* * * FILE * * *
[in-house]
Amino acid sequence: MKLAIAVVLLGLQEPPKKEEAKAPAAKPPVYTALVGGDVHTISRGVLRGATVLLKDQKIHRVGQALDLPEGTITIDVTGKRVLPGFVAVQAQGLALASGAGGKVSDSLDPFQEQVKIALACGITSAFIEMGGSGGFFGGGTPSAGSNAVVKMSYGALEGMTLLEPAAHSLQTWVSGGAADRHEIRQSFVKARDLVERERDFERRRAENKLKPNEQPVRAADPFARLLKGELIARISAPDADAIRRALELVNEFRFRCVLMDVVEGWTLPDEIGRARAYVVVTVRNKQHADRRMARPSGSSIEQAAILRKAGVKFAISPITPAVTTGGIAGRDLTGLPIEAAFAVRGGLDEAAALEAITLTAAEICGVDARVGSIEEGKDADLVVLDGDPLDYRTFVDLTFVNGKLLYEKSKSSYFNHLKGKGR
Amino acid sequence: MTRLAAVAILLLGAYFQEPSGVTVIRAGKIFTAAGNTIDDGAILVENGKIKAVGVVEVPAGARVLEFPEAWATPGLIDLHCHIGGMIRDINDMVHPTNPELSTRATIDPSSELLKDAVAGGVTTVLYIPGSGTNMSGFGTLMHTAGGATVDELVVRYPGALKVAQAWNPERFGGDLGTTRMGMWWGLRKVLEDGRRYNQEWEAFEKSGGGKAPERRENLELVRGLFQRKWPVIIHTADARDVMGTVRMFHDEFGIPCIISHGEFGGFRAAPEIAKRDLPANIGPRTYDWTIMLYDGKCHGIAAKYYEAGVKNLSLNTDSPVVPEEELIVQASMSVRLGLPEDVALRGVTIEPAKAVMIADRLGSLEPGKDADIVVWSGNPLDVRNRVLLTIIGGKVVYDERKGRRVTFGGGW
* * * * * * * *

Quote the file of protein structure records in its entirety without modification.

[in-house]
Amino acid sequence: MKLAIAVVLLGLQEPPKKEEAKAPAAKPPVYTALVGGDVHTISRGVLRGATVLLKDQKIHRVGQALDLPEGTITIDVTGKRVLPGFVAVQAQGLALASGAGGKVSDSLDPFQEQVKIALACGITSAFIEMGGSGGFFGGGTPSAGSNAVVKMSYGALEGMTLLEPAAHSLQTWVSGGAADRHEIRQSFVKARDLVERERDFERRRAENKLKPNEQPVRAADPFARLLKGELIARISAPDADAIRRALELVNEFRFRCVLMDVVEGWTLPDEIGRARAYVVVTVRNKQHADRRMARPSGSSIEQAAILRKAGVKFAISPITPAVTTGGIAGRDLTGLPIEAAFAVRGGLDEAAALEAITLTAAEICGVDARVGSIEEGKDADLVVLDGDPLDYRTFVDLTFVNGKLLYEKSKSSYFNHLKGKGR
Amino acid sequence: MTRLAAVAILLLGAYFQEPSGVTVIRAGKIFTAAGNTIDDGAILVENGKIKAVGVVEVPAGARVLEFPEAWATPGLIDLHCHIGGMIRDINDMVHPTNPELSTRATIDPSSELLKDAVAGGVTTVLYIPGSGTNMSGFGTLMHTAGGATVDELVVRYPGALKVAQAWNPERFGGDLGTTRMGMWWGLRKVLEDGRRYNQEWEAFEKSGGGKAPERRENLELVRGLFQRKWPVIIHTADARDVMGTVRMFHDEFGIPCIISHGEFGGFRAAPEIAKRDLPANIGPRTYDWTIMLYDGKCHGIAAKYYEAGVKNLSLNTDSPVVPEEELIVQASMSVRLGLPEDVALRGVTIEPAKAVMIADRLGSLEPGKDADIVVWSGNPLDVRNRVLLTIIGGKVVYDERKGRRVTFGGGW